Have you ever noticed that on February 2 Mérida becomes filled with Tamales? This is because Candlemass is celebrated during this time of year. This is a Catholic celebration, the day on which believers bring their candles and Holy Child figures to be blessed at church. Candlemass occurs 40 days after Christmas.


Besides eating Tamales, another tradition on Candlemass is to dress the Holy Child figures in a special outfit. You can find different styles and designs at the local markets. This traditional festivity is also connected to the Mexica festivity of the Sun, or the start of the Atlcahualo (the crop season), when people would bless the corn that would be planted in hopes of obtaining a good harvest. Today, due to the fusion of pre-Hispanic traditions and Catholicism, people eat tamales and prepare hot chocolate to share with friends, family, and neighbors on this day.


Tamales A fun fact you probably didn’t know is that whoever finds a figurine of Baby Jesus hidden in the Rosca de Reyes (a sweet bread served on January 6 to celebrate the arrival of the Three Wise Men), is who must buy the Tamales on Candlemass. So remember, if you found this figurine about a month ago… Yep, you have to bring the Tamales.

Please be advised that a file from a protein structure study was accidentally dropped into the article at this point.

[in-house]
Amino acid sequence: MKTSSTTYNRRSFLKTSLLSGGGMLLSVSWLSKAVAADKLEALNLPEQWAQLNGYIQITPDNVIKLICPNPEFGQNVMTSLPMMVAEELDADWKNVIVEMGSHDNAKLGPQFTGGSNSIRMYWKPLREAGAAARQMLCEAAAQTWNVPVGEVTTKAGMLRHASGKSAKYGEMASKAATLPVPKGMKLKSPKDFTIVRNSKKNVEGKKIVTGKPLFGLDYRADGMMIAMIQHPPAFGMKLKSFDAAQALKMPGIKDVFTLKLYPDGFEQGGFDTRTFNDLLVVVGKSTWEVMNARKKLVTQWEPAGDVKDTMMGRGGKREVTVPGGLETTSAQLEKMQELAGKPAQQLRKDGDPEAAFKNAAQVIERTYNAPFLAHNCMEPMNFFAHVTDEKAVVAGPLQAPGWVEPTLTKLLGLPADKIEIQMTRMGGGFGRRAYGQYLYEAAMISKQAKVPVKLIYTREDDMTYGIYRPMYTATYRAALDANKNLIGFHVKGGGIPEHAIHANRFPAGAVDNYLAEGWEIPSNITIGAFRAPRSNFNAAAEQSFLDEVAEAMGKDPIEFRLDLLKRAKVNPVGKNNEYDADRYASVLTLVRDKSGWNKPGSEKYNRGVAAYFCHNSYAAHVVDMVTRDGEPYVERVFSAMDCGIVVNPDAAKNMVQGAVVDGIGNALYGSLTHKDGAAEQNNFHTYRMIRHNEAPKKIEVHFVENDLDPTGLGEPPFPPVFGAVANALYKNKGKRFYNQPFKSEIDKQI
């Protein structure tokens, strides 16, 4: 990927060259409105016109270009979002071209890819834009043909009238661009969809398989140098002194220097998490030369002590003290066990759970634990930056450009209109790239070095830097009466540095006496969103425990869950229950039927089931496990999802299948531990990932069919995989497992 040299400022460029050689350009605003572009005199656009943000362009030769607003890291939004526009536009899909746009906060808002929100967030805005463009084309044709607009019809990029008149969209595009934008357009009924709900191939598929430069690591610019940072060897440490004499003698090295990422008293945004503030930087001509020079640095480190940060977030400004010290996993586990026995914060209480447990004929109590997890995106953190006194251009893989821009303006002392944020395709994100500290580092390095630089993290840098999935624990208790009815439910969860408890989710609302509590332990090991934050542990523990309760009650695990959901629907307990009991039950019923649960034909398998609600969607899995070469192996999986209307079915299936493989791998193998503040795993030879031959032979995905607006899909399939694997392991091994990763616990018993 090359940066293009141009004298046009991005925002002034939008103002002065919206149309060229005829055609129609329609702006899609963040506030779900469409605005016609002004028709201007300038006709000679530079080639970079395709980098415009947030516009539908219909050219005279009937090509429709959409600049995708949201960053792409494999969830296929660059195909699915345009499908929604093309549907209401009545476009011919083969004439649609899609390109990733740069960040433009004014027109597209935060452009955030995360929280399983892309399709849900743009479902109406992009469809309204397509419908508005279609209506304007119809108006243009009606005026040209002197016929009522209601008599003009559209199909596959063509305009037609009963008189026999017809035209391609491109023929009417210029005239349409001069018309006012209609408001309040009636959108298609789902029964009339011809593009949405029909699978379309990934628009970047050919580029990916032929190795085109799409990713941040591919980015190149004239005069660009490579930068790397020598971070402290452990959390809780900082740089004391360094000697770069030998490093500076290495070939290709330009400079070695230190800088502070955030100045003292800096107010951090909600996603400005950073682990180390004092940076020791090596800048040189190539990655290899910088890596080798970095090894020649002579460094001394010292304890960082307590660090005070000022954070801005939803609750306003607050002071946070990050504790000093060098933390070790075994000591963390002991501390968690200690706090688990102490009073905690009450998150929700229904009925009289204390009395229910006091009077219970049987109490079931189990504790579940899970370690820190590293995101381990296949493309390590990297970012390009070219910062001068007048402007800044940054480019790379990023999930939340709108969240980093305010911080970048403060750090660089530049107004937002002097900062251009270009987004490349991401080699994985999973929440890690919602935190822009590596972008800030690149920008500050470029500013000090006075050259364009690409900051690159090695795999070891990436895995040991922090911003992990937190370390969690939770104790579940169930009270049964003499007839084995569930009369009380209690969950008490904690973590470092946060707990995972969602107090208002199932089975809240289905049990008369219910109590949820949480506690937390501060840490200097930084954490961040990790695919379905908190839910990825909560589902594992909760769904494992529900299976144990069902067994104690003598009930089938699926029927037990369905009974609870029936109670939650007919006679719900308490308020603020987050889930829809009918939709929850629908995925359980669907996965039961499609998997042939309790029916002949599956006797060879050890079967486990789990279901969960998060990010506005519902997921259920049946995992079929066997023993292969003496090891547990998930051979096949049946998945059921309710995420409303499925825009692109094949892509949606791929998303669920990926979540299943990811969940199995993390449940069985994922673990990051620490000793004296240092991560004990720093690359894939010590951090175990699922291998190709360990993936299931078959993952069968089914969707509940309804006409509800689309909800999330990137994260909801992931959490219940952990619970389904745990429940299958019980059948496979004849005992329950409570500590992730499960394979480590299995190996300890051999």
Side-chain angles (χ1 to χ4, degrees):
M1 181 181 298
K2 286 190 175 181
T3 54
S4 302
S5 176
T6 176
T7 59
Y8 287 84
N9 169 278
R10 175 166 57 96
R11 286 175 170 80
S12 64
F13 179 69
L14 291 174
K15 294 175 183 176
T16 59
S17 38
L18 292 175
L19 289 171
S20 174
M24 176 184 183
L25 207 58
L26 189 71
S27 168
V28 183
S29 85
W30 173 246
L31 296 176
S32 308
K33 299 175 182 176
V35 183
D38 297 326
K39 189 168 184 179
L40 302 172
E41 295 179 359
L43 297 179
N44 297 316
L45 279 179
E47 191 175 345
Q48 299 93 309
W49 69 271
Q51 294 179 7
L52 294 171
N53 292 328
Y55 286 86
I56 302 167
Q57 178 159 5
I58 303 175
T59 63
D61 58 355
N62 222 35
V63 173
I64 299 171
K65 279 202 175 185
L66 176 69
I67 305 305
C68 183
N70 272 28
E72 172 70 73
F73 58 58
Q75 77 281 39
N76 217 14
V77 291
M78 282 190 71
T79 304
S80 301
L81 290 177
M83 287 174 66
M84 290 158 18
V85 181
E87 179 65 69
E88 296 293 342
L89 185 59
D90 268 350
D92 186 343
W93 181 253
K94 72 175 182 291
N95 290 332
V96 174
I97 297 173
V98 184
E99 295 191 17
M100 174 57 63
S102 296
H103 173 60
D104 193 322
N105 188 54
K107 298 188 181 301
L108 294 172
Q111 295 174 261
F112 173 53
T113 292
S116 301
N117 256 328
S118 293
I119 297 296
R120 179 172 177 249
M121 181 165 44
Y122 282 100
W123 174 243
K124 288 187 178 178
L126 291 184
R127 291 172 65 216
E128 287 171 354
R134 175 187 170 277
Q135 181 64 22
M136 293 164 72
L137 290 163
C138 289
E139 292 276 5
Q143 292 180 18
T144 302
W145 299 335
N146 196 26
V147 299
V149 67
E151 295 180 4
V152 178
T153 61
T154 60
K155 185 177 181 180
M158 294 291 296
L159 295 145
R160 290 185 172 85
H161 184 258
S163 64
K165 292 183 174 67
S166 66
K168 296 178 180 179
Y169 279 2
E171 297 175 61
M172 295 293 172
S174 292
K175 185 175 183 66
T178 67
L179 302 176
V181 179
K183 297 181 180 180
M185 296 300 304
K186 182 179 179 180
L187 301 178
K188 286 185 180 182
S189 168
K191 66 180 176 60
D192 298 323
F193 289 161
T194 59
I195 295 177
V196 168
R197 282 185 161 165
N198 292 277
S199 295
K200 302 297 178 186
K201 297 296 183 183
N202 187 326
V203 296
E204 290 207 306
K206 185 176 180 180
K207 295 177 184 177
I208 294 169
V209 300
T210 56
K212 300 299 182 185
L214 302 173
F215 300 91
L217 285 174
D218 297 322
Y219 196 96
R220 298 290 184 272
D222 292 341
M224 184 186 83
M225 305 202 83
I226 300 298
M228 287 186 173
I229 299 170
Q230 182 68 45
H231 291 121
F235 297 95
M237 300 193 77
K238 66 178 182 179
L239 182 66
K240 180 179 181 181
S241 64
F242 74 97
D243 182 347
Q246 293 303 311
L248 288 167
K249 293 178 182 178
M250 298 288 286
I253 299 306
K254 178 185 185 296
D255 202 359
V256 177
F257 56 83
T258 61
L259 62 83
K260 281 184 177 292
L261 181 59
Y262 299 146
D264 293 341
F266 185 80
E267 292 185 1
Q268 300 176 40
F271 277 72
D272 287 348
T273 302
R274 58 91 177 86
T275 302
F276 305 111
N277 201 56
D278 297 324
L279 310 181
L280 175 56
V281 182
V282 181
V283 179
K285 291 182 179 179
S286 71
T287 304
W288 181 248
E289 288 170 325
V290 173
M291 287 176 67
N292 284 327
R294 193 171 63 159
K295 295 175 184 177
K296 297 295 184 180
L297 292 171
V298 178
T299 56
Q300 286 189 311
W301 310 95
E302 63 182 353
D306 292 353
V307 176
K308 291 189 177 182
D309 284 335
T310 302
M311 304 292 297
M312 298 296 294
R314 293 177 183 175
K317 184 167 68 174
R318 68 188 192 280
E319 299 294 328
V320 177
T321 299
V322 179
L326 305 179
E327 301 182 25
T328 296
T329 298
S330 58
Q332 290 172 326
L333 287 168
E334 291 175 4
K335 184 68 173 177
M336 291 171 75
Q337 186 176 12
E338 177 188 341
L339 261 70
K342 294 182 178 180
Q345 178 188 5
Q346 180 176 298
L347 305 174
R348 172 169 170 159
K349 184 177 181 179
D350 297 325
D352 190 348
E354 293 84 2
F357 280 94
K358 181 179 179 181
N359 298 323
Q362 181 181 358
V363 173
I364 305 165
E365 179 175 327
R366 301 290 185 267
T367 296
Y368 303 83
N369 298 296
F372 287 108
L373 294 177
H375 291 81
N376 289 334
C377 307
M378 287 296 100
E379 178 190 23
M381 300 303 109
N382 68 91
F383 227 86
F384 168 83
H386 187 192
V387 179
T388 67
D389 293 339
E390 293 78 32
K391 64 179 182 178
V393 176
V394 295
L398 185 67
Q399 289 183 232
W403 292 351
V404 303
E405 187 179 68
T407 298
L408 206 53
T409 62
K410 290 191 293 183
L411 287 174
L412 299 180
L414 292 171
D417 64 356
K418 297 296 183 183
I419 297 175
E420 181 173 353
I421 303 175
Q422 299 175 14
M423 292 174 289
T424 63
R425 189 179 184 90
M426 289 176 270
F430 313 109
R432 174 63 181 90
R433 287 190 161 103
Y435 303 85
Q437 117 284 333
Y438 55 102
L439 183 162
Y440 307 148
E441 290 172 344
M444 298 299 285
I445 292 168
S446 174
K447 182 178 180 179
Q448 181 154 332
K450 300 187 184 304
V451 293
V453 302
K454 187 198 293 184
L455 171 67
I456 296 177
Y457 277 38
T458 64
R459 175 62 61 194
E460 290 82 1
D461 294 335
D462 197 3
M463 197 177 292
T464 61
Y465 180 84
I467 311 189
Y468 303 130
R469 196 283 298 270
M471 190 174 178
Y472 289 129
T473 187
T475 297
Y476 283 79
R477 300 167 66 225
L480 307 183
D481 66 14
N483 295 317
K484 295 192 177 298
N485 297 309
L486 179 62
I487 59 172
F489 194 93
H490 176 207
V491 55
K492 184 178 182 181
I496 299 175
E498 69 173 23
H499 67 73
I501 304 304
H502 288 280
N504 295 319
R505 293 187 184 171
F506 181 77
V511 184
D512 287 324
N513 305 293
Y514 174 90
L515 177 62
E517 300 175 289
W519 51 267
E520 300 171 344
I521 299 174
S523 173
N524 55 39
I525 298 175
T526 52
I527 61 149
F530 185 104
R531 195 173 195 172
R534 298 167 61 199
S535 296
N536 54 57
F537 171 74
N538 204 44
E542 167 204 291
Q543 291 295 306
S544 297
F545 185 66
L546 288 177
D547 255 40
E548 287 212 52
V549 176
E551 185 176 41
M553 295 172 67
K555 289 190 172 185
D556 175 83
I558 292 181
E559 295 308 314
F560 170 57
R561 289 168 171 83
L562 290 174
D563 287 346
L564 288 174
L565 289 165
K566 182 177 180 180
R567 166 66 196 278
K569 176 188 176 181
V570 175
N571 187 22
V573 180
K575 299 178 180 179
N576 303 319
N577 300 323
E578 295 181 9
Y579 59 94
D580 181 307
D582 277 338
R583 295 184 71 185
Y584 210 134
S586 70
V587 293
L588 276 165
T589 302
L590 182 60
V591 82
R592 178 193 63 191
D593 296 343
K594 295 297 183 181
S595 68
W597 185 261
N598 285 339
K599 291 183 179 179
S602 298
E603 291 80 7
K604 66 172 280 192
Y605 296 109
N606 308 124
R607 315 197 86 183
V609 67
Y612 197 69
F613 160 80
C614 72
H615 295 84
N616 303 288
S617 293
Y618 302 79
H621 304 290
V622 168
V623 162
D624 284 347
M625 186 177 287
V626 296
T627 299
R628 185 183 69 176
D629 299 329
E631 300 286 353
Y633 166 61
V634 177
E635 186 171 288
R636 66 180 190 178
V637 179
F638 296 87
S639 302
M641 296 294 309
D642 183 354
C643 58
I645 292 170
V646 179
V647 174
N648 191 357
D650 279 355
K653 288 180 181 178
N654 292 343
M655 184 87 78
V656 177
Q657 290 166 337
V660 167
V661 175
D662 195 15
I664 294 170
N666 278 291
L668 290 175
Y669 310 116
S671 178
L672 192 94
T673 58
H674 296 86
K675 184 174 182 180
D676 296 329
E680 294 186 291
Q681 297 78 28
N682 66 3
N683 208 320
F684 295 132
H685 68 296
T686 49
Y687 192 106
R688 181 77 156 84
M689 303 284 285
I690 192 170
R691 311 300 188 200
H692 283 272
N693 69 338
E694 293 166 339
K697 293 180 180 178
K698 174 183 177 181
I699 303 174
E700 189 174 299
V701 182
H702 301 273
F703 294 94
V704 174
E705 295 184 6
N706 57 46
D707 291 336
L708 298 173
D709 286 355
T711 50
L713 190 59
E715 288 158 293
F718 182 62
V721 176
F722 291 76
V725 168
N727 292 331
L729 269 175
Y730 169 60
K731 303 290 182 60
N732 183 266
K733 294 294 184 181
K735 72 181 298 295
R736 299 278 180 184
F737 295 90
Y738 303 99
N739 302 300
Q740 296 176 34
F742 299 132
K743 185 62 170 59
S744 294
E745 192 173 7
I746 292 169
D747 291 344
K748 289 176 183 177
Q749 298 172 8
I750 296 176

Tamales in Yucatán differ from those found in the rest of the country. Local Tamales are called Vaporcitos because of how they’re prepared: they are wrapped in banana leaf and then steamed. Usually, they’re filled with chicken, pork, or turkey meat. You can also find Colado-style Tamales in Yucatán. Their dough is sieved through a fine mesh to obtain a soft, pillow-y texture. Then, they are steamed and wrapped in banana leaf. These Tamales are usually filled with chicken, so if you are vegan or vegetarian, it’s probably best if you plan on bringing your own lunch that day.



Candlemass has been celebrated for years in countries like Spain, Argentina, and Italy. In Mérida, the church that has the Virgen de la Candelaria as its patron saint is found in Calle 67 x 64 Centro; however, the Barrio de la Candelaria in Valladolid (about two hours from Mérida) is very popular as well. From morning until late evening, watch the procession of people taking their Holy Child figures to the church to be blessed. This is a great opportunity to get closer to the rich Mexican culture and enjoy some hot cocoa and Tamalitos while you¡re at it!



Editorial by Valentina Álvarez


Photography by David Schrader and Yucatán Today for use in Yucatán Today.

Esta entrada también está disponible en: ES